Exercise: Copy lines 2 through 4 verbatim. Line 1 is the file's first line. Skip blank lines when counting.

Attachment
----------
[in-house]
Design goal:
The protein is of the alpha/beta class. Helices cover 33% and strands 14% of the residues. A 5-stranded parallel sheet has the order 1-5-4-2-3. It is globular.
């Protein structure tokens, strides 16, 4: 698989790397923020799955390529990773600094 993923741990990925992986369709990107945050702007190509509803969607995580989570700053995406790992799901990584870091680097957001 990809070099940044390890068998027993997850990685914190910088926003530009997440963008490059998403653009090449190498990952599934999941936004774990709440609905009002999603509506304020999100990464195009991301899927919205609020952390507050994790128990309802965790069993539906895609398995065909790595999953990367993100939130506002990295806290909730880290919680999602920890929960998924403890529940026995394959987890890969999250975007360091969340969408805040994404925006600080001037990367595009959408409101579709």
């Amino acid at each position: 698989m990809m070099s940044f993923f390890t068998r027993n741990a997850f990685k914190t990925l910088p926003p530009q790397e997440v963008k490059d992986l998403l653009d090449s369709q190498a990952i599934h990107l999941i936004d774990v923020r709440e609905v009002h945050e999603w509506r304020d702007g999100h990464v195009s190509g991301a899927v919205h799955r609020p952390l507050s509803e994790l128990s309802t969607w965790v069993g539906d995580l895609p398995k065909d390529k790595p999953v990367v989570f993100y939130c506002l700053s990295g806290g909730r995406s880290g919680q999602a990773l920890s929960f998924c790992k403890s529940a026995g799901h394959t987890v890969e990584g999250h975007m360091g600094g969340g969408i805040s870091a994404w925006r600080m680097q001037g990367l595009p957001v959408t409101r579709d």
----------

Design goal:
The protein is of the alpha/beta class. Helices cover 33% and strands 14% of the residues. A 5-stranded parallel sheet has the order 1-5-4-2-3. It is globular.
């Protein structure tokens, strides 16, 4: 698989790397923020799955390529990773600094 993923741990990925992986369709990107945050702007190509509803969607995580989570700053995406790992799901990584870091680097957001 990809070099940044390890068998027993997850990685914190910088926003530009997440963008490059998403653009090449190498990952599934999941936004774990709440609905009002999603509506304020999100990464195009991301899927919205609020952390507050994790128990309802965790069993539906895609398995065909790595999953990367993100939130506002990295806290909730880290919680999602920890929960998924403890529940026995394959987890890969999250975007360091969340969408805040994404925006600080001037990367595009959408409101579709």